As Darren Thornton’s Drogheda-set lesbian romance, ‘A Date For Mad Mary’ hits screens across the country, we cast a queer eye on the best LGBT characters ever to grace an Irish fillum, begorrah!
1. Jesús in ‘Viva’ (Paddy Breathnach, 2016)
Although this film is set in Cuba, it’s written by Irish gay man, Mark O’Halloran, directed by an Irish man, and funded by the Irish film board, so we’re claiming it as an Irish film. Just as Jesús (Héctor Medina) gets a start in his dream job as a drag queen at his gay local in Havana, his estranged macho father (Jorge Perugorría) lands on his doorstep, and forbids him to perform. Brilliant chemistry between Medina and Perugorría, along with a cracking script, make this a love story between a father and son that challenges attitudes to masculinity and explores the boundaries of responsibility.
2. Patrick Broden in ‘Breakfast on Pluto’ (Neil Jordan, 2006)
As a baby, Patrick (Cillian Murphy) is left by his mother on the steps of the rectory in their small Irish town. He’s discovered by Father Liam (Liam Neeson), coincidentally his real father, and placed in an abusive foster home. By the time he’s a teen, Patrick identifies himself as transgender, renames himself Kitten and sets out for London with a rock group in hopes of finding his mother. This anarchic odyssey is ahead of its time in the presentation of a unpaologetic non-binary character who finds happiness by the final frame.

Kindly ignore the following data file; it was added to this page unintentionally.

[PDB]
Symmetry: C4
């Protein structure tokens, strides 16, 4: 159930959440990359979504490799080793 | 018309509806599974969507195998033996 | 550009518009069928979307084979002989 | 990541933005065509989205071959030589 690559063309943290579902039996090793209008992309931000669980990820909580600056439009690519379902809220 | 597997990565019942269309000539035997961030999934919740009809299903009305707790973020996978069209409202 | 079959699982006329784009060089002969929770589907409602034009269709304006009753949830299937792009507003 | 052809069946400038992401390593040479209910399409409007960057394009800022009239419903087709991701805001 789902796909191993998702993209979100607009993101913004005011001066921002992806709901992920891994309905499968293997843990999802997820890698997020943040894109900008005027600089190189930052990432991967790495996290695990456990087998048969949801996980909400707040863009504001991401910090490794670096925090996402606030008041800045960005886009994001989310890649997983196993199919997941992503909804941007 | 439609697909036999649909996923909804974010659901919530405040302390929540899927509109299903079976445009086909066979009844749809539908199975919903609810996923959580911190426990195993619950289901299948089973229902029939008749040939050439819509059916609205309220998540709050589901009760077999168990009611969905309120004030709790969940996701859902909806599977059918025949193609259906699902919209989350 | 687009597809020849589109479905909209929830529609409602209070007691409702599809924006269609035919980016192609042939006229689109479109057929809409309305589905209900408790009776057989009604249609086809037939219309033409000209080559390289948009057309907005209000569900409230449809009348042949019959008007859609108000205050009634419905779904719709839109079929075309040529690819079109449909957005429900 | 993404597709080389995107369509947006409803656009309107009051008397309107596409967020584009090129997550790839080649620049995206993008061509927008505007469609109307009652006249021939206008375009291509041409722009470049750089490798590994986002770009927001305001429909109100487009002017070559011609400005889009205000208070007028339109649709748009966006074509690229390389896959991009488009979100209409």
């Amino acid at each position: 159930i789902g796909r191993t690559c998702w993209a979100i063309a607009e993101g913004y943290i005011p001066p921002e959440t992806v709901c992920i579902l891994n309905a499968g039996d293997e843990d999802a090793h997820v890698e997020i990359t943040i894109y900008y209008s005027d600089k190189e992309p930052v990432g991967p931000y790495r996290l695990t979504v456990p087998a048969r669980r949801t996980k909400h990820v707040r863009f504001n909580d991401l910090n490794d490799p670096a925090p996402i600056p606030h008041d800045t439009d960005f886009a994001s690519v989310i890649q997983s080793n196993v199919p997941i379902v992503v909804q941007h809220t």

3. Mary in ‘A Date for Mad Mary’ (Darren Thornton, 2016)
Upon her completion of a six-month prison stretch for a vicious assault, Mary returns to her hometown of sunny Drogheda and sets about rekindling her friendship with soon-to-be married ex-bessie Charlene. However, Charlene has outgrown Mary, as evidenced by her increasingly distant demeanor and her refusal give Mary a plus-one to the wedding. Unable to face her friend’s rejection, and desperate to prove her worth, Mary sets about find a date for the wedding. After a parade of laughable losers she encounters lovely chanteuse Jess and a ray of hope penetrates her wounded warrior ways. This is a rare thing, an Irish lesbian romance that actually hits all the right notes.
4. Albert in ‘Albert Nobbs’ (Rodrigo Garcia, 2011)